Plans for a permanent memorial to the victims of the Bourke Street rampage are now underway as the tragedy claimed its sixth life on Monday.
Bhavita Patel, 33, became the latest victim of the attack after she died in Royal Melbourne Hospital on Monday evening from critical injuries.
Her brother Mitesh, 30, told the Herald Sun: “I have no idea what to say about what happened except that I miss her and love her so much, and can’t believe that I won’t see her any more.
“My parents and I are broken. But we all appreciate the love we’re getting from people.”
Further charges are now expected to be laid against 26-year-old Dimitrious “Jimmy” Gargasoulas, who was already facing five counts of murder.
He has been remanded in custody and ordered to face court via video link in August.
Meanwhile, standing in front of what Melbourne Lord Mayor Robert Doyle described as “the epicentre of grief and reflection”, he and Victorian Premier Daniel Andrews told a joint news conference on Tuesday that they wanted to take their time on a permanent memorial and “get it right”.
“One of the difficulties we have is there’s not a single site, arguably this is not the central site … there are nine sites that we will deal with along Bourke St … each of them is important,” Lord Mayor Doyle told reporters.
Lord Mayor Doyle also said it was time to “gather up the tributes”.
“The organic material will take some months to compost and it will go on the victims of crime garden [located adjacent to Parliament House]; we will preserve the cards; separately we will preserve all the other mementoes, the teddy bears and pictures,” he said.
“We’ll work out in coming days about a permanent memorialisation.”
Premier Andrews said the floral tribute, located on the corner of Bourke and Elizabeth Streets in Melbourne’s CBD, was a “very powerful statement of love and care and compassion, and it’s now appropriate now that this floral tribute is gathered up and that we find a permeant home”.
The Governor of Victoria also attended in what she described as the “next stage of the healing process”. Aboriginal elders conducted a smoking ceremony as the flowers, cards and mementoes were gently and carefully removed by SES workers, chaplains and volunteers.
Among the tributes removed were photographs and messages of love from mourners for 10-year-old Thalia Hakin who was killed during the rampage on January 20.
On January 26, The Australian Jewish News revealed she had written a compelling and heartwarming piece for a 2015 global competition in a bid to bring Jewish women together.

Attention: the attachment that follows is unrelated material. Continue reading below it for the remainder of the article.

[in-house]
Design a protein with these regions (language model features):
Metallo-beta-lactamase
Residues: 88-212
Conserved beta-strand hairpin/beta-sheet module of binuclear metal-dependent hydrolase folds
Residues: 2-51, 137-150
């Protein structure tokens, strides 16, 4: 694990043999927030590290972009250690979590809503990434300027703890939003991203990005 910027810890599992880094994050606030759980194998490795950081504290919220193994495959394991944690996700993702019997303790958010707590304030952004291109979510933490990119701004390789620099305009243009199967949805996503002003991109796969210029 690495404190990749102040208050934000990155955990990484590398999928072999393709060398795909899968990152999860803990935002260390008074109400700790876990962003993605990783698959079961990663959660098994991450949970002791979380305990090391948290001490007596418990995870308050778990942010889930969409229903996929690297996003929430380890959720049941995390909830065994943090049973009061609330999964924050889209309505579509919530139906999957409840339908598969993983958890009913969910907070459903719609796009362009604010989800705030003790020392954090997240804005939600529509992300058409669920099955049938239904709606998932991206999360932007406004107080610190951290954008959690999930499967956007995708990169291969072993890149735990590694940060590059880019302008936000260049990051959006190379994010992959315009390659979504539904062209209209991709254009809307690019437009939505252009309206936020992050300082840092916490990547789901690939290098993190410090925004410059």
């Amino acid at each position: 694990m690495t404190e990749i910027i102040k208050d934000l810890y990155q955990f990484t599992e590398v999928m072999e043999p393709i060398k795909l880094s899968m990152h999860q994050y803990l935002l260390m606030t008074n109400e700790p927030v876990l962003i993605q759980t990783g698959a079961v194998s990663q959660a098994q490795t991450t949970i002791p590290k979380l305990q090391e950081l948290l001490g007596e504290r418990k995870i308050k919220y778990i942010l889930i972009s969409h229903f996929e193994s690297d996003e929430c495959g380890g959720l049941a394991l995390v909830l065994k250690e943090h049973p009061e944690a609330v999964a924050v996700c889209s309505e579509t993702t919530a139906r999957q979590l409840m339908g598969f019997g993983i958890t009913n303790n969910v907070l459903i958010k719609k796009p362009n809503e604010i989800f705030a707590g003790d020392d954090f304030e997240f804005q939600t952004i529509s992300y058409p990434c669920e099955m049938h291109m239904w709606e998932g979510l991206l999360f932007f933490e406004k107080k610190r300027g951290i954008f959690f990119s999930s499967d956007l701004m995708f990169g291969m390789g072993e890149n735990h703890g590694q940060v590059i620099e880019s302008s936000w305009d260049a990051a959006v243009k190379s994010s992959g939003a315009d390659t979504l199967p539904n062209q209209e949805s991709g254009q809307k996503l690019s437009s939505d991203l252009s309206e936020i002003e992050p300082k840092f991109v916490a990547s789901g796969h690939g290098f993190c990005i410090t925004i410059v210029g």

Described as “the words of an angel”, she wrote: “Now the world is dark, but soon to be bright for us.”
“When you light up a candle you light up your neshama [soul],” Thalia wrote.
“And you light up the world. And when you light up the world you make it a better place.
“Like for you, me and everybody. Now the world is dark but soon to be bright for us. And im yirtzeh hashem [God willing] mashiach [the messiah] will come.”
Thalia’s words are due to be published in a book published by JGU, called One More Light. JGU’s Susan Axelrod said the book would be blessed with the “words of an angel”.
“We will publish this entry and forever honour the soul of this Jewish daughter,” she told The Australian Jewish News.
On Tuesday, Thalia’s mother Nathalie remained in a critical condition while her younger sister, Maggie, is recovering from serious leg injuries.
Mr Andrews, who said that people should “always ensure that we never forgot those who have paid such a high price”, said seven people remained in hospital and one person was critical.
Four people died at the scene while another, a three-month-old baby, died the following night in hospital.
Police refused arrest warrant for brother of accused
Also on Tuesday, a magistrate refused to issue a warrant for the arrest of the injured brother of the accused Bourke Street killer, chastising police for not knowing whether he was still in hospital.
Angelo Gargasoulas was allegedly stabbed by his brother 12 days ago, hours before Dimitrious Gargasoulas allegedly mowed down pedestrians along Bourke Street.
Angelo Gargasoulas failed to appear for a hearing in the Melbourne Magistrates Court on Tuesday on charges yet to be released to the media.
A police prosecutor asked for a warrant to be issued for his arrest, despite not knowing whether he was still in hospital.
It was refused by Magistrate Felicity Broughton, who said police did not need to be “Einstein” to know what the situation was, and that she expected police to be more understanding.
“He is the victim of a stabbing and in hospital … he may be the victim of a very serious crime,” she said.
“If you can’t tell me in those circumstances where he is then I see no basis to issue a warrant.”
The matter will return to court later this week.
Magistrate Broughton said she expected police to come with “proper information” about how the case should proceed.